There are watchmen in the present. God has His watchmen in the church. Acts 20:20, 26-31 reads, “how I kept back nothing that was helpful, but proclaimed it to you, and taught you publicly and from house to house. . . . Therefore I testify to you this day that I am innocent of the blood of all men. For I have not shunned to declare to you the whole counsel of God. Therefore take heed to yourselves and to all the flock, among which the Holy Spirit has made you overseers, to shepherd the church of God which He purchased with His own blood. For I know this, that after my departure savage wolves will come in among you, not sparing the flock. Also from among yourselves men will rise up, speaking perverse things, to draw away the disciples after themselves. Therefore watch, and remember that for three years I did not cease to warn everyone night and day with tears.” Colossians 1:28 reads, “Him we preach, warning every man and teaching every man in all wisdom, that we may present every man perfect in Christ Jesus.” Hebrews 13:17 reads, “Obey those who rule over you, and be submissive, for they watch out for your souls, as those who must give account. Let them do so with joy and not with grief, for that would be unprofitable for you.”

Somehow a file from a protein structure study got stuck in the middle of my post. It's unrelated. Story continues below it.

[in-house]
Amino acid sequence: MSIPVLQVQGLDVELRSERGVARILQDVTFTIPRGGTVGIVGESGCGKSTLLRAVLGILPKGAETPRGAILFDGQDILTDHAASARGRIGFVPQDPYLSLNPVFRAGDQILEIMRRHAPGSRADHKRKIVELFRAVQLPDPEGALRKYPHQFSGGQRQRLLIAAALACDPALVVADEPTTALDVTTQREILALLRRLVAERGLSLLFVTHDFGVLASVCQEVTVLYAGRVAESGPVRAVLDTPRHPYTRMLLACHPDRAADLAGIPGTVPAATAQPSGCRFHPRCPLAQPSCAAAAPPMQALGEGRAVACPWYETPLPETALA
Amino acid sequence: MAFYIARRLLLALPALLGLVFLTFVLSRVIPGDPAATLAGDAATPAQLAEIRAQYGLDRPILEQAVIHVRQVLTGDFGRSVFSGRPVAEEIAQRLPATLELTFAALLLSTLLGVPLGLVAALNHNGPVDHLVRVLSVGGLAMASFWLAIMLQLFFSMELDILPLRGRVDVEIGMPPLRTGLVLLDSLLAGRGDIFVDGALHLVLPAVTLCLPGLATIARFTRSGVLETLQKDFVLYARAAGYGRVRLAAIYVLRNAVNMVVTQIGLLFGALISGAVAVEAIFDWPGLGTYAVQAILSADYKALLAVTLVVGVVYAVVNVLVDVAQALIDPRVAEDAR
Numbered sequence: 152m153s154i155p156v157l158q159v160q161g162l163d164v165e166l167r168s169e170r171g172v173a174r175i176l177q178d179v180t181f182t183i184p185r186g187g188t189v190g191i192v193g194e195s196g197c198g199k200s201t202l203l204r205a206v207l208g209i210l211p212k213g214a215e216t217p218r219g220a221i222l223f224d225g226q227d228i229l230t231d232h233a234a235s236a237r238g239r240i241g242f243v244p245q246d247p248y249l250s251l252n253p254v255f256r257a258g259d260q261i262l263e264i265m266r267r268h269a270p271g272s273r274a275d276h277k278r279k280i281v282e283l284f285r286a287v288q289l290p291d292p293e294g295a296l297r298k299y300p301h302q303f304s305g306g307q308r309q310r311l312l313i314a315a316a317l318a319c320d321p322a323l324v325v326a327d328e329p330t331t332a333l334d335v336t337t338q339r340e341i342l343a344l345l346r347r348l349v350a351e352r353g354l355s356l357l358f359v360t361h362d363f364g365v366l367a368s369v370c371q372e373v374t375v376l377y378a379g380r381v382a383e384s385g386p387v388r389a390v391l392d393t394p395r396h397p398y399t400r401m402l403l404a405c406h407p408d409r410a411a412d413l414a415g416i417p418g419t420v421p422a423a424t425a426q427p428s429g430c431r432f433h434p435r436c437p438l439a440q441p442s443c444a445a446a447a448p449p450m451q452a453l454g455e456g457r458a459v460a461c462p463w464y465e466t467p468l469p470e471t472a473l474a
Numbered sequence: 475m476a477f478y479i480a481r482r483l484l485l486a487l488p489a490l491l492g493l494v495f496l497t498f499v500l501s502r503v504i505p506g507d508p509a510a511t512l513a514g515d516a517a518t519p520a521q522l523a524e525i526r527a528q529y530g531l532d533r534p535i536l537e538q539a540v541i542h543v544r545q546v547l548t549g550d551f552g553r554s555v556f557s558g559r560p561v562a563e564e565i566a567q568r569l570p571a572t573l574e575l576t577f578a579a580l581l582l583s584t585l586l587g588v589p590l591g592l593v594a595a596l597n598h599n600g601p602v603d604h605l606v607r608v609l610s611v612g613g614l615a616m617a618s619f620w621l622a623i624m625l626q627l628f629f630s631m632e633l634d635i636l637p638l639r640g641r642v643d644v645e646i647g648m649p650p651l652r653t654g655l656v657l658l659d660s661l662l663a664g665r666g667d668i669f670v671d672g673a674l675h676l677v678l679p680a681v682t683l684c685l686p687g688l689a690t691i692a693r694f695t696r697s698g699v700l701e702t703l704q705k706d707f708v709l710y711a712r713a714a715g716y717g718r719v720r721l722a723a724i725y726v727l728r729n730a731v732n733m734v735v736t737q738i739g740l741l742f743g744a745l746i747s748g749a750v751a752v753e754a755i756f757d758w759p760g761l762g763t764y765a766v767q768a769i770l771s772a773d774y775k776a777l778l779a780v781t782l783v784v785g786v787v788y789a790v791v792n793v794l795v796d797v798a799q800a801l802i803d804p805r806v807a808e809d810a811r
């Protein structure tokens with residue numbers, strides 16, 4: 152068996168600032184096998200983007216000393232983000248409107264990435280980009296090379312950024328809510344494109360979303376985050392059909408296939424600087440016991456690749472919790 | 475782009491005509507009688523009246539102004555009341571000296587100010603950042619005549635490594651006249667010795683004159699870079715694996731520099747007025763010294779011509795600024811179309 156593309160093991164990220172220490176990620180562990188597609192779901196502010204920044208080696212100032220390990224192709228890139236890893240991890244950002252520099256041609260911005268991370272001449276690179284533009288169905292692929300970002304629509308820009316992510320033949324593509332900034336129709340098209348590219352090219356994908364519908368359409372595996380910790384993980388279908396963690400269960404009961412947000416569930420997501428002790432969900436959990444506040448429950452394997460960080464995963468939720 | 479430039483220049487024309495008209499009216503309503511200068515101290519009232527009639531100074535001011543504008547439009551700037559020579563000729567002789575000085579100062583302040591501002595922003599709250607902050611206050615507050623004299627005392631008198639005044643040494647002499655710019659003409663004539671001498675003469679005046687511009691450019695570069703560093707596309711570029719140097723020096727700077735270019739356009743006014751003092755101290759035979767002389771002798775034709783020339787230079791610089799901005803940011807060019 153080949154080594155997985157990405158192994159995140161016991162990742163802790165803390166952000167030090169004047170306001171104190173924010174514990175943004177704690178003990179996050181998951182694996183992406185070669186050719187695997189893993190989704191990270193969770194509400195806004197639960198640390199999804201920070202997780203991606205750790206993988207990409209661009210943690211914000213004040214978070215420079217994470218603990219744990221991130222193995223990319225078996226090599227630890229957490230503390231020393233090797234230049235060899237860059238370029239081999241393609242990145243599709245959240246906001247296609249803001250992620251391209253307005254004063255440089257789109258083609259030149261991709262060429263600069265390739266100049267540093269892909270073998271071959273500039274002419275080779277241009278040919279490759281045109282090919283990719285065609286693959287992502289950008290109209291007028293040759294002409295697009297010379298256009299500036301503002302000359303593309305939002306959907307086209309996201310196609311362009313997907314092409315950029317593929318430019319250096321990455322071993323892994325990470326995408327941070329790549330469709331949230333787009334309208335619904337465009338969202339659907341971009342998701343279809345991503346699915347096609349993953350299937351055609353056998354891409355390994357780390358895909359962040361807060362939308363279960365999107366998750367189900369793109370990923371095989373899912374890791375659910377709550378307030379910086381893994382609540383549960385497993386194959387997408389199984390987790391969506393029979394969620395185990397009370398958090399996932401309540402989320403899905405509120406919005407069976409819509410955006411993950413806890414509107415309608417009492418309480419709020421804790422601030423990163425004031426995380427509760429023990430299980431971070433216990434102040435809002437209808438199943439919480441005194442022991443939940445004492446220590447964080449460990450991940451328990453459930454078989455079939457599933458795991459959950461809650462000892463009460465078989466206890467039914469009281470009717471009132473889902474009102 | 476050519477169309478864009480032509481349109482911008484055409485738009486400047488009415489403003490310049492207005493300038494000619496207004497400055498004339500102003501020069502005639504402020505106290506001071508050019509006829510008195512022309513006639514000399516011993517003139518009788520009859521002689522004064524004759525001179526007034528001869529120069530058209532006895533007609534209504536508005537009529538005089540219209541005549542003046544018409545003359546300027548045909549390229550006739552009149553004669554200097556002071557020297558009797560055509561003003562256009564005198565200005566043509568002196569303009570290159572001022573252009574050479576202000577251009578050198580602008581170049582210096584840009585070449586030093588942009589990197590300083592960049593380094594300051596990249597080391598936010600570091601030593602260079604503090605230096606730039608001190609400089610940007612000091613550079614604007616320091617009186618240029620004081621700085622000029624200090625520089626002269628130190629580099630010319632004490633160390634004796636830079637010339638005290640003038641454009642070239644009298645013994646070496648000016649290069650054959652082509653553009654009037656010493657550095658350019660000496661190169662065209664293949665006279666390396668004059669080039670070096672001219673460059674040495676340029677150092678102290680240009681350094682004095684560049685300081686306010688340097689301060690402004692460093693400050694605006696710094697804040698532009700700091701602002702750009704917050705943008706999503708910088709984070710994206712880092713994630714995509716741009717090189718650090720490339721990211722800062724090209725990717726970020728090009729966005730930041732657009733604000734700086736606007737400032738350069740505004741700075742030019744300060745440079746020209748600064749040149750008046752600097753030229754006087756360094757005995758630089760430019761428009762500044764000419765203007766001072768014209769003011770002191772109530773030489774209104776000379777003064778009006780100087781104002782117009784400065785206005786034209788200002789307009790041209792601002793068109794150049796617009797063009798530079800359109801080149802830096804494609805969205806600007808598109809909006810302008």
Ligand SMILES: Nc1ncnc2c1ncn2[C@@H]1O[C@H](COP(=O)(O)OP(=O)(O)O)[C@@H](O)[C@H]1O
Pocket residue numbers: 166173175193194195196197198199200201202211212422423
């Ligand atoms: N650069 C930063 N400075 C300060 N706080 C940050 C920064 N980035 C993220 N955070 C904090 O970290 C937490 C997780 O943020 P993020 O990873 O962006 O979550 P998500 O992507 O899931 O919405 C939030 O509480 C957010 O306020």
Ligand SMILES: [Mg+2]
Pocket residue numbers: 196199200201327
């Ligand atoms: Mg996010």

Dr. Roy B. Zuck (1932-2013) senior professor emeritus of Biblical Exposition at Dallas Theological Seminary, shares the following: “Writers H.G. Wells [1866-1946] and George Bernard Shaw [1856-1950] were brilliant men, yet they rejected the message of Scripture. They placed their trust in their own systems of belief, which were based on human reason. Yet they could not find lasting inner peace, and they slowly lost confidence in what they believed. Wells’ final literary work, for example, has been aptly called ‘a scream of despair.’ And shortly before Shaw died in 1950, he wrote, ‘The science to which I pinned my faith is bankrupt. Its counsels, which should have established the millennium, have led directly to the suicide of Europe. I believed them once. In their name I helped to destroy the faith of millions. And now they look at me and witness the great tragedy of an atheist who has lost his faith.’ [Shaw penned this pathetic confession in Too True to be Good ]”[vi] In the preface of his 1912 play titled, Adrocles and the Lion, George Bernard Shaw writes the following: “Christianity as a specific doctrine was slain with Jesus, suddenly and utterly. He was hardly cold in his grave, or high in his heaven (as you please), before the apostles dragged the tradition of him down to the level of the thing it has remained ever since.”[vii] He also wrote, “No sooner had Jesus knocked over the dragon of superstition than Paul boldly set it on its legs again in the name of Jesus.”[viii]